Why do dogs eat tissues?
Original Question: My 3 year old small Labradoodle loves stealing toiland shredding/eating them. What is the best method to break him of this habit if I don't catch him in the act? I know it’s not helpful to yell at your dog so what’s the best approach? - Elizabeth
Thanks for your question and I’m sorry that you’re dealing with this. There is a really easy way to address a dog eating tissues and a really hard way.
The first thing to think about is why it’s happening in the first place. Dogs and cats may start eating non-food objects when they have underlying medical issues. Any sort of gastrointestinal disease can cause them to want to eat things like this, such as parasites, inflammatory bowel disease, dietary sensitivities, tooth infections, oral lesions and other similar ailments. Stress can also trigger this behavior so it’s important to look for anything that could be causing him stress. I recommend that you have a physical exam and consultation with your veterinarian to start off with.
The really easy way to deal with this is to simply prevent your dog from getting access to Kleenex. I find many pet owners want to change the behavior of their pet rather than just eliminate the ability of the pet to perform the behavior. It would be much easier and safer to prevent access to the Kleenex by putting it on a high surface that he can’t get to. This is the advice I would want you to take. The reason is that it’s not healthy for them to eat materials like this so even if we did change the behavior, how confident can we really be that this will never happen again?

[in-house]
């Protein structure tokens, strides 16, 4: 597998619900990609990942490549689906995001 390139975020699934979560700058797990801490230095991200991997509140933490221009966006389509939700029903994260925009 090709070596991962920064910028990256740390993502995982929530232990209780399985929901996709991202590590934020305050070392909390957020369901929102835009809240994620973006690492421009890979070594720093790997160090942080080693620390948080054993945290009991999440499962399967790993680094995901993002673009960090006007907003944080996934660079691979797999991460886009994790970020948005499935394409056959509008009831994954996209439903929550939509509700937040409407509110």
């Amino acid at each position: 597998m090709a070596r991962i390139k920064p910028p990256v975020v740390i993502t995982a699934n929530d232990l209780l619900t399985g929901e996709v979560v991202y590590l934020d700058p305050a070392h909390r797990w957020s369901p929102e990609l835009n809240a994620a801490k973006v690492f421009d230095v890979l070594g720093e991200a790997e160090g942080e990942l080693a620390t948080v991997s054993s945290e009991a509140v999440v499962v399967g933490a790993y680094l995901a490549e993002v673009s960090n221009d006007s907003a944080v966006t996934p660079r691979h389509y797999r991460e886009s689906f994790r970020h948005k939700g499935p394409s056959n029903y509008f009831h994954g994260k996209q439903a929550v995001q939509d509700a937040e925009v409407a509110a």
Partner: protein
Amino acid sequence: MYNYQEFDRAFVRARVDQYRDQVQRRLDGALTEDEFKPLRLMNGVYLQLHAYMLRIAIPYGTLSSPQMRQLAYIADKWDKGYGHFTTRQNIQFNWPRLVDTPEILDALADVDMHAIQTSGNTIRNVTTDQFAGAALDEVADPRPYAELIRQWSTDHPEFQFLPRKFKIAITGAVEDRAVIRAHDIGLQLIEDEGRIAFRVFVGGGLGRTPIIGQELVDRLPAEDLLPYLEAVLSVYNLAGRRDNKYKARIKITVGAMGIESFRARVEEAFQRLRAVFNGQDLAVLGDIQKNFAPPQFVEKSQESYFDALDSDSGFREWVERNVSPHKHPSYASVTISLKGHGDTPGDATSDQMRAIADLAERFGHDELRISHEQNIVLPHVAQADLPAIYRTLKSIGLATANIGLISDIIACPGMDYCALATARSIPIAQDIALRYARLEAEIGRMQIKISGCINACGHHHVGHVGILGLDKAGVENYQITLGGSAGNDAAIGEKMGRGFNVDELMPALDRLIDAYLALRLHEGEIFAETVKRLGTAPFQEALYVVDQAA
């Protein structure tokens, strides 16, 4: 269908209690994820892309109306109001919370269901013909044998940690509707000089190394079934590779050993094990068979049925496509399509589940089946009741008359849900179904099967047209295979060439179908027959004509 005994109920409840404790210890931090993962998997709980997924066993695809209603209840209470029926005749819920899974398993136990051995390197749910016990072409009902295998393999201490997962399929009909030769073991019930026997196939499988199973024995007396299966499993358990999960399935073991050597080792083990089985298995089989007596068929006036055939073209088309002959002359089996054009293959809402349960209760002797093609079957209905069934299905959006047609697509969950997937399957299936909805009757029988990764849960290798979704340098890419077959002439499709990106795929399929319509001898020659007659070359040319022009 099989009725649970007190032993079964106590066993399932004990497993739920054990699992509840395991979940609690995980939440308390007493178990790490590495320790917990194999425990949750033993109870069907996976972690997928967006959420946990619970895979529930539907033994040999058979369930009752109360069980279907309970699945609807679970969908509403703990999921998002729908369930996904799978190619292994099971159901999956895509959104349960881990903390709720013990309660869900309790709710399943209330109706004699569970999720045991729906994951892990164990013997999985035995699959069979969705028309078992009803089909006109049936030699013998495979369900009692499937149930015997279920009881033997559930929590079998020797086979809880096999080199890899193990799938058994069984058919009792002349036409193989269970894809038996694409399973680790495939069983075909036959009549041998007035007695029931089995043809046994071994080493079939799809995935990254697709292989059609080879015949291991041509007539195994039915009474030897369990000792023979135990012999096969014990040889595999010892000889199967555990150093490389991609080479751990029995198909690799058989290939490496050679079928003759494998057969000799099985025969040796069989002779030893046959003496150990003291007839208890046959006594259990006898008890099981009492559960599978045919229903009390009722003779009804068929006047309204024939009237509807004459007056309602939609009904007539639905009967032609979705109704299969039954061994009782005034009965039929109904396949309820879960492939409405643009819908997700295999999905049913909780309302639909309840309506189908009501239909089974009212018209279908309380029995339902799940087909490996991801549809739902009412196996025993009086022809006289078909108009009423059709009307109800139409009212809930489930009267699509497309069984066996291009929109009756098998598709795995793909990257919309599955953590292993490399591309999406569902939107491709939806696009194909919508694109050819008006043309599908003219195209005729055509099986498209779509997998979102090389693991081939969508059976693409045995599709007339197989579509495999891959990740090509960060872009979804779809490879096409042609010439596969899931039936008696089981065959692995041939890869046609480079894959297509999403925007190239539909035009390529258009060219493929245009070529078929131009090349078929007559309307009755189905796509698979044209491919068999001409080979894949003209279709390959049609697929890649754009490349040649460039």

Changing your dog’s behavior, in general, will be extremely difficult. Some methods that immediately come to mind are not appealing solutions, such as implementing punishment. An example would be to wait for your dog to eat some Kleenex and then create an alarm noise that scares them, or even putting bitter apple spray on the Kleenex so that it tastes bad.
I really dislike trying to change behavior through punishment and I don’t recommend it. It is better to change behavior through positive reinforcement but that can be difficult in this scenario. You would need to be there in the moment when your dog first grabs the Kleenex, you would tell him to drop it, and then give him a treat. This would reinforce the behavior of not eating the Kleenex. I’m certain you can see how much work this would require.
It’s my personal advice to just eliminate access to the Kleenex. I hope that’s what you will consider after having a physical exam and consultation to make sure there isn’t an underlying medical condition in this case.
Thanks for your question. Good luck.
Dr. Clayton Greenway
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